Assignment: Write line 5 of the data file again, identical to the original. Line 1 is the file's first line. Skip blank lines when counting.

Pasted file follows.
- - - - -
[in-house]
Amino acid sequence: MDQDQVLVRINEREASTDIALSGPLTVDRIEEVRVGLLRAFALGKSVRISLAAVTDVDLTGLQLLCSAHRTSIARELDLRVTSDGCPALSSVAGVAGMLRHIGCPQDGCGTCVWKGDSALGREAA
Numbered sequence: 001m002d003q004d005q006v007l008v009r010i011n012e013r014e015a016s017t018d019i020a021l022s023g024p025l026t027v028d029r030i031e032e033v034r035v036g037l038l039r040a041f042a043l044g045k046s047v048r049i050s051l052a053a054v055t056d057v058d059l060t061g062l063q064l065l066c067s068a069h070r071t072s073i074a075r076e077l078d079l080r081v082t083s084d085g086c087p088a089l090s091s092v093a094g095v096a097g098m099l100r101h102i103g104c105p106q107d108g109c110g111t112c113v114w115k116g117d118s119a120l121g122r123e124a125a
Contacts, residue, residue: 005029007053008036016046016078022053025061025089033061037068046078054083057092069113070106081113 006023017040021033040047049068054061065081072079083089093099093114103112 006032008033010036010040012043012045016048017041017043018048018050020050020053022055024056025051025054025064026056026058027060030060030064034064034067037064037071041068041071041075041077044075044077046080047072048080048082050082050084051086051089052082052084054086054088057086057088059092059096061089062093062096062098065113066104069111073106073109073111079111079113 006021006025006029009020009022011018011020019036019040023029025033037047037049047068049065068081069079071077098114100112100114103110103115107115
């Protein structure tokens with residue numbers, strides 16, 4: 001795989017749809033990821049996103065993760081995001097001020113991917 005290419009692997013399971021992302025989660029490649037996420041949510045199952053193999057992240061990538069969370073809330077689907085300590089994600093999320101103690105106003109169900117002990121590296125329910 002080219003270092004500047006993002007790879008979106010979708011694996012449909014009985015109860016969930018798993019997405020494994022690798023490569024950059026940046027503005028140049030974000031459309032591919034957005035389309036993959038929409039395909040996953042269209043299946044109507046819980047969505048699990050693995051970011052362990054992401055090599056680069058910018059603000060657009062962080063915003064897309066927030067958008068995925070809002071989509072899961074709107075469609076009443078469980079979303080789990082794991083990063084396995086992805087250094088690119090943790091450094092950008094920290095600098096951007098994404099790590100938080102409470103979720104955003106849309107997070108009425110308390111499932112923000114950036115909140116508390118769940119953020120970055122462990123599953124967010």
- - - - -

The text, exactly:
């Protein structure tokens with residue numbers, strides 16, 4: 001795989017749809033990821049996103065993760081995001097001020113991917 005290419009692997013399971021992302025989660029490649037996420041949510045199952053193999057992240061990538069969370073809330077689907085300590089994600093999320101103690105106003109169900117002990121590296125329910 002080219003270092004500047006993002007790879008979106010979708011694996012449909014009985015109860016969930018798993019997405020494994022690798023490569024950059026940046027503005028140049030974000031459309032591919034957005035389309036993959038929409039395909040996953042269209043299946044109507046819980047969505048699990050693995051970011052362990054992401055090599056680069058910018059603000060657009062962080063915003064897309066927030067958008068995925070809002071989509072899961074709107075469609076009443078469980079979303080789990082794991083990063084396995086992805087250094088690119090943790091450094092950008094920290095600098096951007098994404099790590100938080102409470103979720104955003106849309107997070108009425110308390111499932112923000114950036115909140116508390118769940119953020120970055122462990123599953124967010």